LIBERAL Democrats are pushing for a mansion tax, in the form of an annual levy on houses worth over £2m. They claim this would raise significant funds for the Treasury, would “target” the super-rich and would be more economically efficient than taxing people’s incomes.
It’s depressing that some consider it the function of the tax system to “target” certain groups, rather than to raise funds for the provision of public services. That aside, the other arguments outlined above were busted in Taxing Mansions, a paper released by the Centre for Policy Studies on Monday. Examining Savills’s data book, we found that the tax would unsurprisingly penalise those whose property value happened to have substantially increased during their period of ownership, those often described as “income poor, asset rich”.
It would mainly be paid by people in London, many of whom are not foreign oligarchs with huge property portfolios, but have lived in the city for decades and may be cash-poor pensioners. Administering the valuation of the properties would be a nightmare. And the maximum it would raise in revenue would be around £1bn, when taxation of property already occupies a higher proportion of GDP here than in any OECD country.
A common response from the advocates of the mansion tax to this weight of evidence is to simply state that the policy is fair or the right thing to do. Fairness is the buzzword of politicians across the board, and it usually comes in the context of wanting other people to pay more tax.
Whether the richest in our society should pay more is a debate in itself. But let’s take for granted that the Lib Dems think that wealthier people should pay more tax than they currently do, which appears to be the principle underpinning this policy move. Is the mansion tax fair?
Let’s suppose there are two people, Person A and Person B. Person A lives in a house valued at £5m, but has a £4m mortgage, meaning his net wealth is £1m. Person B lives in a house worth £1.9m, but without a mortgage. Person B’s net wealth is therefore £1.9m. Under the principle of the more wealthy paying more tax, one might think that B should pay. Under the Lib Dem proposals, however, it’s Person A who is liable.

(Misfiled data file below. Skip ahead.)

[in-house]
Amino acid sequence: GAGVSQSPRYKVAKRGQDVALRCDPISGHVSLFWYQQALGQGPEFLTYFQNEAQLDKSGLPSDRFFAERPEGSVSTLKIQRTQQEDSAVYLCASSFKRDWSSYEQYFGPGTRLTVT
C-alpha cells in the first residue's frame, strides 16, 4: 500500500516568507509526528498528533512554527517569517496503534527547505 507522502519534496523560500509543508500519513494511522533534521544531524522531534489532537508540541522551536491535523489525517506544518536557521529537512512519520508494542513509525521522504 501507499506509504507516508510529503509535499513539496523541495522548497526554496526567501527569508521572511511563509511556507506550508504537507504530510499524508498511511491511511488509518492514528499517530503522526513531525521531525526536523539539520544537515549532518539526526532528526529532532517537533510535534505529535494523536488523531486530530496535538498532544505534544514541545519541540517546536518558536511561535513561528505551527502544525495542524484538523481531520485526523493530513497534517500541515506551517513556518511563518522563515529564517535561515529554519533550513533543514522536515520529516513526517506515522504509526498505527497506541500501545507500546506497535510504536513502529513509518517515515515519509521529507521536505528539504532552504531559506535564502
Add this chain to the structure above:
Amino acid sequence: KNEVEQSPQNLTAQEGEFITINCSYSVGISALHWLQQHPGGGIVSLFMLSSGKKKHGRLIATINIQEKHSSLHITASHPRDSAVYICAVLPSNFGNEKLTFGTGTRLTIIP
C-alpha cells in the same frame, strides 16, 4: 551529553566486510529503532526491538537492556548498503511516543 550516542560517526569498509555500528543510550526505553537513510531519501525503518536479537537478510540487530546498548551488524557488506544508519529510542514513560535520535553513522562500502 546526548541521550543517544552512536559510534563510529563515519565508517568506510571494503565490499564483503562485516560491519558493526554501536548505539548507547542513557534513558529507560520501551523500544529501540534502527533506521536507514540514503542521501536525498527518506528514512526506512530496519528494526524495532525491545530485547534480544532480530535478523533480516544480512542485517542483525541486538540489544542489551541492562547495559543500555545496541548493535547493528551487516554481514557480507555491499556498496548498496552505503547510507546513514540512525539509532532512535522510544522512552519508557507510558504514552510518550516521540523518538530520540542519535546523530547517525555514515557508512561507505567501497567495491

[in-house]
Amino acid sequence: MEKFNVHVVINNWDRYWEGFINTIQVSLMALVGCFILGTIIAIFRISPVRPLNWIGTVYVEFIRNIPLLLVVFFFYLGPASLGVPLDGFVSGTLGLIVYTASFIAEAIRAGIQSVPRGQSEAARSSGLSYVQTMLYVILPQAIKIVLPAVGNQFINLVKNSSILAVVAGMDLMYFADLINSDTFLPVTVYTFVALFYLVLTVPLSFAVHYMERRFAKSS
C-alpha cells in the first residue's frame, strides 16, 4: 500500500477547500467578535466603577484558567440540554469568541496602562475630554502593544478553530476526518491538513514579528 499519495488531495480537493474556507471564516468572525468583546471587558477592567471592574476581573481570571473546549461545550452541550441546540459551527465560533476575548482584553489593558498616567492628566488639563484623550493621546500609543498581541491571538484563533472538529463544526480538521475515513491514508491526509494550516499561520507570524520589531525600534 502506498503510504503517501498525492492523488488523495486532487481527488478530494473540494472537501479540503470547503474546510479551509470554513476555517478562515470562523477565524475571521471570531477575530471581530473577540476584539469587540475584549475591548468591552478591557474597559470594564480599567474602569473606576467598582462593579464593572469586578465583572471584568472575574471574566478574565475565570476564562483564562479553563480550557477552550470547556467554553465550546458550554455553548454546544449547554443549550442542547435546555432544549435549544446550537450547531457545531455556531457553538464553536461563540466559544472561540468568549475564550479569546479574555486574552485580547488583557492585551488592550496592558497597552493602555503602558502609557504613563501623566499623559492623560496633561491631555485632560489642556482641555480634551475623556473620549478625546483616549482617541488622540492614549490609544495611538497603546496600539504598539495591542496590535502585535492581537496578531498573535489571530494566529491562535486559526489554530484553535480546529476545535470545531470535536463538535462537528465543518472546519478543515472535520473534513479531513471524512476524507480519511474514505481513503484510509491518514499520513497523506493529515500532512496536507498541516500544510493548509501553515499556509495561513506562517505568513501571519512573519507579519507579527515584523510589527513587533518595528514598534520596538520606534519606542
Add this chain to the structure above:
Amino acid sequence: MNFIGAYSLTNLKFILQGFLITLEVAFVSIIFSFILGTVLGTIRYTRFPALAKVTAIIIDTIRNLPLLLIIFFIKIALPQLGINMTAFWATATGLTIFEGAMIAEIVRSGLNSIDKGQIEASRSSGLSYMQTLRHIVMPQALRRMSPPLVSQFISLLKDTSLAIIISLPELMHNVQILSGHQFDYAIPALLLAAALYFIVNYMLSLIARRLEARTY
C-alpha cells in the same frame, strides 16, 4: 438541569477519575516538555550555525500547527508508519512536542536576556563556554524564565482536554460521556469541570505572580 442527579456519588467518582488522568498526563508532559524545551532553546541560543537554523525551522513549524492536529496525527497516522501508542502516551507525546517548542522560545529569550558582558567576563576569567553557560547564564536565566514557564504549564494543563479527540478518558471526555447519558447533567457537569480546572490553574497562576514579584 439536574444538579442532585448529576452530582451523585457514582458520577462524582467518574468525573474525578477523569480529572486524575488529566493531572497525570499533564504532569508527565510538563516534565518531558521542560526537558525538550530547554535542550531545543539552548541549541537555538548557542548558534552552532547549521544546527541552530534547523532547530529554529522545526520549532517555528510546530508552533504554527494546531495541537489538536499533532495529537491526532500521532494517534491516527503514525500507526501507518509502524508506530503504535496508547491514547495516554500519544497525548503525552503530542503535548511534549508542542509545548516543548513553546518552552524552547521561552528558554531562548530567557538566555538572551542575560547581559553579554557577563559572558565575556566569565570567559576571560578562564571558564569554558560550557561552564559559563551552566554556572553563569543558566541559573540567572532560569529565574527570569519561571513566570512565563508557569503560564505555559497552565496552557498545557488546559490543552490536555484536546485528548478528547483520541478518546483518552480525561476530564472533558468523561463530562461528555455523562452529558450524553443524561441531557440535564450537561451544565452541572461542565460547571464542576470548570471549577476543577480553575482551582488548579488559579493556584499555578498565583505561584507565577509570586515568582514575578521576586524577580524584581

Instead, imagine Person A owns a London property worth £3m. Person B owns two properties, each worth £1.9m. The principle underpinning the policy would suggest that B should pay more. The Lib Dem proposals, again, would see only Person A as liable.
Evidently, the tax is poor at determining who is wealthy – it judges wealth by single property values, ignoring mortgages and multiple home-ownership.
It also ignores the history of your investment. Person A might live in a house worth £5m, for which he paid £2m 10 years ago. Person B, on the other hand, might live in a house worth £5m, having paid £6m last year. The Lib Dem policy would see both paying the tax, even though B has lost on his investment.
Or take the case of a rich couple, both currently living in £1.9m properties, but who decide to move into a £3.8m home together. The policy suggests that neither partner should be considered wealthy if they live in houses below the £2m benchmark – but by virtue of moving into a new home, they become wealthy, even though their incomes and the combined value of their housing assets remain unchanged.
In all of these examples, it’s clear that the policy fails to live up to its desired principle of taxing the wealthy more, partly because it is incorrect in identifying what wealth is. Why is someone living in a £5m home considered any wealthier than someone holding £5m in cash, or £5m in shares, for example?
Then there are the unintended consequences, in the form of the scope and cliff-edge effects:
What happens if the £2m+ property is also a place of business, such as a bed and breakfast or a care home? Would these businesses face an increase in their cost base? And if not, why not?
Why would any sane homeowner with a property value of just under £2m ever do anything to improve its value, creating a future tax liability for themselves? Equally, why wouldn’t anyone with a house valued over £2m simply engineer a deterioration in their current house to reduce the value below the threshold?
The truth is, this mansion tax proposal is ill thought-through, unfair and illogical. Squeezing people to obtain higher yields after they’ve met their income and consumption tax duties in order to fill the public purse is just a clear abuse of tax-raising authority, with little link to the concept of fairness, even on the proponents’ own terms.
Ryan Bourne is head of economic research for the Centre for Policy Studies.
It would penalise those whose property value has grown in their ownership